AMHERST — The new president of Hampshire College, in his first address to students, faculty, and staff Tuesday, did not sugarcoat the gravity of the school’s financial situation but expressed confidence that it is up to the task at hand.
“The work that was done last spring didn’t save Hampshire College; it gave us the opportunity to save it,” Ed Wingenbach said. “It will be a long process, but we are going to make it happen.”
He said the challenge will be to maintain Hampshire’s approach to education that is experimental and student-driven, with faculty as mentors and guides, but do so within a pared-down budget.
He ticked off the budget deficits Hampshire has faced over the years: $3.5 million in 2015; $6 million in 2017, $8.5 million in 2018, and $9 million last year. When he started last month, this year’s budget deficit was $12 million, although now that’s now down to $9 million.
“That’s not sustainable,” he said.
Wingenbach sought to reassure a campus coping with an existential crisis, after a semester in which many feared it might be headed for closure.
Last year, he said, the college fundamentally was engaged in a debate over whether, given the financial picture, Hampshire should merge with another institution or make changes and remain independent.
“That debate has been resolved. We will now do the hard work to have an independent Hampshire — or we will close,” he said. “We’re going to make it or we’re not — and we are going to make it.”
Entering student Marielle Glasse, 19, one of 13 in the first-year class, confessed that amid her excitement to be at Hampshire after deferring admission last fall to take a gap year, she harbors concern.
“There’s a little seed of worry that I’m going to like it — and I already like it — and I’m not going to be able to finish my education,” said Glasse, from Austin, Texas. “I think it would be a bummer to start an education [at Hampshire] and then have to go to a normal college.”
Sitting together over lunch in the Robert Crown Center, the new students appeared equal measures triumphant and embarrassed as Wingenbach gave them the rock-star treatment.
“We tried very hard to get them not to come, and nevertheless they persisted in coming to Hampshire College,” he said.
Flynn Caswell, 18, from Falmouth, said she was so excited by Hampshire when she visited that she applied early decision. Once accepted, she thought that was that — until she received word from the college Jan. 14 informing her that the school would not be accepting a full first-year class, suggesting she consider going elsewhere.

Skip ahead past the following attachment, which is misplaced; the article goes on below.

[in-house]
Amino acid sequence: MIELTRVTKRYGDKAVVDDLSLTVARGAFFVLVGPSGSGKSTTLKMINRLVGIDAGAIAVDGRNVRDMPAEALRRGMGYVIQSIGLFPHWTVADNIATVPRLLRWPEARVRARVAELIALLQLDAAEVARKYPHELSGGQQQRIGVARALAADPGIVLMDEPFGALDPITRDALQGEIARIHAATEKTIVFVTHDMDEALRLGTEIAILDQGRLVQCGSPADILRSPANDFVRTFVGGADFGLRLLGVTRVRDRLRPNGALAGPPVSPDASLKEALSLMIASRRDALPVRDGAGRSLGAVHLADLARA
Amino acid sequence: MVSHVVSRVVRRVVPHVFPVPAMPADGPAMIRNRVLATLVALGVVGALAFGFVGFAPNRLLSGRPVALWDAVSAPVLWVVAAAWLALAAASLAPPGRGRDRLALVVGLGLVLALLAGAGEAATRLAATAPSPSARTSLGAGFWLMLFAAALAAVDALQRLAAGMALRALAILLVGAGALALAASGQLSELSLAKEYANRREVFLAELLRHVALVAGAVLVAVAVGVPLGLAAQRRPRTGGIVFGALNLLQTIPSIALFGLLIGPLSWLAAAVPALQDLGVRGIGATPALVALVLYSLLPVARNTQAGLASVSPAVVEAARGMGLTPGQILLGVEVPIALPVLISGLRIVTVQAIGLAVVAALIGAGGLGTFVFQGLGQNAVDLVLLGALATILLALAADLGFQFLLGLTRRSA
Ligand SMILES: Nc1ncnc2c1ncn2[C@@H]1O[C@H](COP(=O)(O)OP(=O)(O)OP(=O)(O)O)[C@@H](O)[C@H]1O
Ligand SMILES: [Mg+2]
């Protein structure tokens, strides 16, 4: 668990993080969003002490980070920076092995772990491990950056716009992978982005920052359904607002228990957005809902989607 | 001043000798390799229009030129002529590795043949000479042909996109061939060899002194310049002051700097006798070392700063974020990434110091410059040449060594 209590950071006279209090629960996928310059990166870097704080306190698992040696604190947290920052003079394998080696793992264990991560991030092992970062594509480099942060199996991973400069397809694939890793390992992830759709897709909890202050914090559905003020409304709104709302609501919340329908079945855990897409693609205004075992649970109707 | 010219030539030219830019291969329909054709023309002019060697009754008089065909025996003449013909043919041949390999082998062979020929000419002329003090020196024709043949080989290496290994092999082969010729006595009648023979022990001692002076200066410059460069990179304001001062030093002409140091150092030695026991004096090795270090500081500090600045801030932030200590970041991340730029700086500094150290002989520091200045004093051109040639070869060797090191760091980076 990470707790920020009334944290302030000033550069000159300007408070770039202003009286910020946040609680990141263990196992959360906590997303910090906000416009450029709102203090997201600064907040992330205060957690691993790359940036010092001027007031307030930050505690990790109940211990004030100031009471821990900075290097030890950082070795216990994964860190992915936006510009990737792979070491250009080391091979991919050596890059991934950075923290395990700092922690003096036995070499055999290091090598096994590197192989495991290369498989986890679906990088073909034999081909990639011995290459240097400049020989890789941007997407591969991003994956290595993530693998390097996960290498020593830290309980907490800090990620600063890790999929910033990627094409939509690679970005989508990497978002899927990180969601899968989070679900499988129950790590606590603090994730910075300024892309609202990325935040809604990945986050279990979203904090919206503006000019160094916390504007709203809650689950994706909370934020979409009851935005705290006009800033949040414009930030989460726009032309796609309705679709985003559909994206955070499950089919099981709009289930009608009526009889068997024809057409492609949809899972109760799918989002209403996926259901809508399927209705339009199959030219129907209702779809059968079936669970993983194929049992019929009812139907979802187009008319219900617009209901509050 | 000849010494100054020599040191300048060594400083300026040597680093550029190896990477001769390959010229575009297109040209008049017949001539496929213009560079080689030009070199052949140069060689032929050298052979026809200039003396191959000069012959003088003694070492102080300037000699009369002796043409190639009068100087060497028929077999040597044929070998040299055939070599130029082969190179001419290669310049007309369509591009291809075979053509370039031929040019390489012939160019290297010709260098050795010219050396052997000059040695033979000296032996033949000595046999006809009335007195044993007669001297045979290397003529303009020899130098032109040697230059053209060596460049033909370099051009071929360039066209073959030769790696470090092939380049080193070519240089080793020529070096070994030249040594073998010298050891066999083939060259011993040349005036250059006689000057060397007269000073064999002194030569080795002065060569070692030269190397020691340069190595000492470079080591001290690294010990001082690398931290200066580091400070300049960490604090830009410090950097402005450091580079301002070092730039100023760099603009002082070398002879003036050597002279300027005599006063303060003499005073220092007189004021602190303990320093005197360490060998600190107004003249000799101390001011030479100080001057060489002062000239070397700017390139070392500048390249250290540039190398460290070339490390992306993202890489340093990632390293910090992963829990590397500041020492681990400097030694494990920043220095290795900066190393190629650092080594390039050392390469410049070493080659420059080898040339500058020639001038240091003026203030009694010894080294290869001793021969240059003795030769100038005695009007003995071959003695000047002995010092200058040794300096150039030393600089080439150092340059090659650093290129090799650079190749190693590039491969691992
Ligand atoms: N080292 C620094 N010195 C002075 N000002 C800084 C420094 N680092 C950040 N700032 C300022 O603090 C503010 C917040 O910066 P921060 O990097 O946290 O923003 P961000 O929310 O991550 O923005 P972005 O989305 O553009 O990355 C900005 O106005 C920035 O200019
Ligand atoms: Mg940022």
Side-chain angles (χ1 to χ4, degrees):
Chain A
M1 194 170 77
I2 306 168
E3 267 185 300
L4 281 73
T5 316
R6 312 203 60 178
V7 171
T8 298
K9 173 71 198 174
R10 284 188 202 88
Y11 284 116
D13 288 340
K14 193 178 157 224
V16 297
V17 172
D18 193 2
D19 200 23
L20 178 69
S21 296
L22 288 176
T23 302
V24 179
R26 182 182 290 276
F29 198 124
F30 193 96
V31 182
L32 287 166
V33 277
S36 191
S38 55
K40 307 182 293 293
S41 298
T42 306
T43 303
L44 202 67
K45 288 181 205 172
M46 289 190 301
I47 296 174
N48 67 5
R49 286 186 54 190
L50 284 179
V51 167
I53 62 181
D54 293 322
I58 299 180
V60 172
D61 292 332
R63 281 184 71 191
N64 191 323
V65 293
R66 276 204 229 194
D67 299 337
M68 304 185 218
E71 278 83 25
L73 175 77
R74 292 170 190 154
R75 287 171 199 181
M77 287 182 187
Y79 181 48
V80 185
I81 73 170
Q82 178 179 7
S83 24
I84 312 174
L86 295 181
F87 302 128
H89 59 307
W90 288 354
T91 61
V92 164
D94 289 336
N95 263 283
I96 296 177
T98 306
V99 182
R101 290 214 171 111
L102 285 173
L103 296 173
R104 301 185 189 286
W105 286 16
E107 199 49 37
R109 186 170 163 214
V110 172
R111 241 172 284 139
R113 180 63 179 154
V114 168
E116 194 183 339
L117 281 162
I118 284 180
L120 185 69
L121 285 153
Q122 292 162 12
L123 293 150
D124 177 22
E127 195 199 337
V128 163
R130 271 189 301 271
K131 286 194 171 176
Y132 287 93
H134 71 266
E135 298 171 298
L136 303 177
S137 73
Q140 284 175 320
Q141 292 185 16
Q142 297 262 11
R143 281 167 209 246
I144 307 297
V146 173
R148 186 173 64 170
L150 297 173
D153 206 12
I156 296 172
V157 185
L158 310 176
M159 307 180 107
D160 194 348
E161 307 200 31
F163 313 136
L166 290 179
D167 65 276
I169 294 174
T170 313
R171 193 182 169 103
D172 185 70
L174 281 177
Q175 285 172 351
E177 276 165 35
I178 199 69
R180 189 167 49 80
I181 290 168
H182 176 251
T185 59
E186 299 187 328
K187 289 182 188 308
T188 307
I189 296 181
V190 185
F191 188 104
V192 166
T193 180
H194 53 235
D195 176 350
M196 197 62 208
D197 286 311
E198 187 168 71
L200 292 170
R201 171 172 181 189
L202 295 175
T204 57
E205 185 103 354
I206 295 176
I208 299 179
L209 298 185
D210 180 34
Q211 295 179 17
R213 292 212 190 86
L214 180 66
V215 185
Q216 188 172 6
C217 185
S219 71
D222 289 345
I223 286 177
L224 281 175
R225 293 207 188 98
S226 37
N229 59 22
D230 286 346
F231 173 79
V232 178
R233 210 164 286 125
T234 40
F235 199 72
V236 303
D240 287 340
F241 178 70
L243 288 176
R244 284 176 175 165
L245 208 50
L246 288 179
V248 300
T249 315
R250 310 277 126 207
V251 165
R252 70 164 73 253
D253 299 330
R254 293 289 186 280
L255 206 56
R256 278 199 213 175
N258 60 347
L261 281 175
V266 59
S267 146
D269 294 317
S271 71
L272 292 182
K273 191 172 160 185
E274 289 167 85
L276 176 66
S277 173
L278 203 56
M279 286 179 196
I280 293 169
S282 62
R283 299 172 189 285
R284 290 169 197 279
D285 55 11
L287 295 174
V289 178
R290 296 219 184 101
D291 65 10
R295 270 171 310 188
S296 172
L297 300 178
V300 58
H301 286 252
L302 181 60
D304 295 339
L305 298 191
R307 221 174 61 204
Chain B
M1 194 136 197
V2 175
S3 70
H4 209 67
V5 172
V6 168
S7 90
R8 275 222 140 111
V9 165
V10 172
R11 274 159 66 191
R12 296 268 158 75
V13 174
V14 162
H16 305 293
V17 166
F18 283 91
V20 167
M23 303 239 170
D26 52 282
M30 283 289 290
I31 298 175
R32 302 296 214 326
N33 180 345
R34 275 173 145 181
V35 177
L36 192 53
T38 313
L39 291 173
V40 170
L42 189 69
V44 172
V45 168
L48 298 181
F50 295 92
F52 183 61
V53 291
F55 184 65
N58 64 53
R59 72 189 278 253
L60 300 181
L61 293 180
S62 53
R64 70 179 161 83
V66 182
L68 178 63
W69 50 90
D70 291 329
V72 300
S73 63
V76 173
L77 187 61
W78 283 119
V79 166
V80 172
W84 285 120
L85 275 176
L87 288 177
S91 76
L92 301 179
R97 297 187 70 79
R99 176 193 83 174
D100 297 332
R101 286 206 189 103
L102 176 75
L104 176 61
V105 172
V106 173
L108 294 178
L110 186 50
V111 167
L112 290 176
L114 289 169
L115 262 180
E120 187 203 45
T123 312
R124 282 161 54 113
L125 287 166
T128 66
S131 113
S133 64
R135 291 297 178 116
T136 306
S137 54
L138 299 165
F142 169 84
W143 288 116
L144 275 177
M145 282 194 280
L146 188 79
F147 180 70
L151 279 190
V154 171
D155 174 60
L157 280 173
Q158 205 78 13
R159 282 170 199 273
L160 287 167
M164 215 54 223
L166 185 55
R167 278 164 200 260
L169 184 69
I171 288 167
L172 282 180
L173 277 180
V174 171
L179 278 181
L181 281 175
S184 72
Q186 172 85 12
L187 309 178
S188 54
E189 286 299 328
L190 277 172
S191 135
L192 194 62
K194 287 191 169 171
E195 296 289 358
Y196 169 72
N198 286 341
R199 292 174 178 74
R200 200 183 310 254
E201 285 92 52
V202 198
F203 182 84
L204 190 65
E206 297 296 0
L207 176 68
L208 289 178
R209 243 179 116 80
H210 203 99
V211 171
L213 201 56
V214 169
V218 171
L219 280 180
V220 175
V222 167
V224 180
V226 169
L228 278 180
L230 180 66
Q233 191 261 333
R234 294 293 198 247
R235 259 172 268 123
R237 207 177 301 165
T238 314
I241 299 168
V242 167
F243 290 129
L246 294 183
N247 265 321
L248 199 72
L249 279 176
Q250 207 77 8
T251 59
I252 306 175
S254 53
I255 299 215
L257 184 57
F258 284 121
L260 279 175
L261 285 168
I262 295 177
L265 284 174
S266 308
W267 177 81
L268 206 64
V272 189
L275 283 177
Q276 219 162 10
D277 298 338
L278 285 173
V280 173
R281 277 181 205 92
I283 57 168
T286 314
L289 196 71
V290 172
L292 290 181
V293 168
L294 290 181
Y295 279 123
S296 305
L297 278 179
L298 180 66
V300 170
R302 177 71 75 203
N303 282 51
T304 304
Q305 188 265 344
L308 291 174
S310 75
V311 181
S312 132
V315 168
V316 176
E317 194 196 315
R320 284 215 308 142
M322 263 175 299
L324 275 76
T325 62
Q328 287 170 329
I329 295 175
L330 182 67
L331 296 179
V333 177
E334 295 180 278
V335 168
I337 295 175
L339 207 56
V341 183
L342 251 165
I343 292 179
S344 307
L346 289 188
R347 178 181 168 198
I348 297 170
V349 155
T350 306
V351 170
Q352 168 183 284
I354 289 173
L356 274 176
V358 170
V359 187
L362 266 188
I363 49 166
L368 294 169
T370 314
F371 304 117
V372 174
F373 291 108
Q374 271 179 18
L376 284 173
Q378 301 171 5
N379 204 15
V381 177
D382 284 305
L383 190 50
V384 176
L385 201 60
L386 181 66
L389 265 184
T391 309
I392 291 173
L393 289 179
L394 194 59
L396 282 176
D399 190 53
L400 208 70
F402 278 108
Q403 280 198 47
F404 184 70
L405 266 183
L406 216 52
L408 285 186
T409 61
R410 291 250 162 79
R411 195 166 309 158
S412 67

Caswell decided to stick with Hampshire after receiving an e-mail from Wingenbach over the summer.
“It made me a lot more confident. You can really tell that he wants to fight for the school,” she said.
Including the new students, Hampshire’s enrollment will be between 700 and 750, up from the 600 school officials had projected earlier this summer. For a school whose budget is reliant on tuition, these numbers matter a great deal.
Wingenbach became Hampshire’s eighth president following a whirlwind few months during which college trustees announced they would not take a full 2019 entering class while they searched for a strategic partner to get the college on sound financial footing.
That sparked months of intense debate on campus, the longest student sit-in in college history, and in April the resignations of former president Miriam “Mim” Nelson and trustees leadership.
“I don’t think Hampshire College was in a crisis last spring, but it is now, and it’s one we have to address and solve,’’ Wingenbach told the crowd Tuesday.
In an interview in his office Monday evening, Wingenbach acknowledged that school leaders have their work cut out for them to revamp Hampshire, whose famous graduates include documentarian Ken Burns, actor Lupita Nyong’o, and writer Jon Krakauer.
“We face a very large challenge with a very quick deadline,” he said. “Now we have to solve the problem that we created for ourselves.”
In the coming weeks, Wingenbach said, he will devote himself to preparing the college for a November evaluation by the New England Commission of Higher Education, which in May ordered the school to hire a new president, improve its board governance, and develop a realistic plan for long-term financial sustainability by November.
Wingenbach said he has full confidence that Hampshire’s plan will receive approval by the accrediting body, and once that hurdle is past he believes he will be able to lead the college in recruiting a full class for fall 2020.
He acknowledged that part of his job is to rebuild trust in Hampshire.
“A version of what went on last year was the narrative we can’t survive. I don’t believe that,” he said.
“I believe we can survive and, not only that, I feel we have to survive and thrive.”
Laurie Loisel can be reached at email@example.com.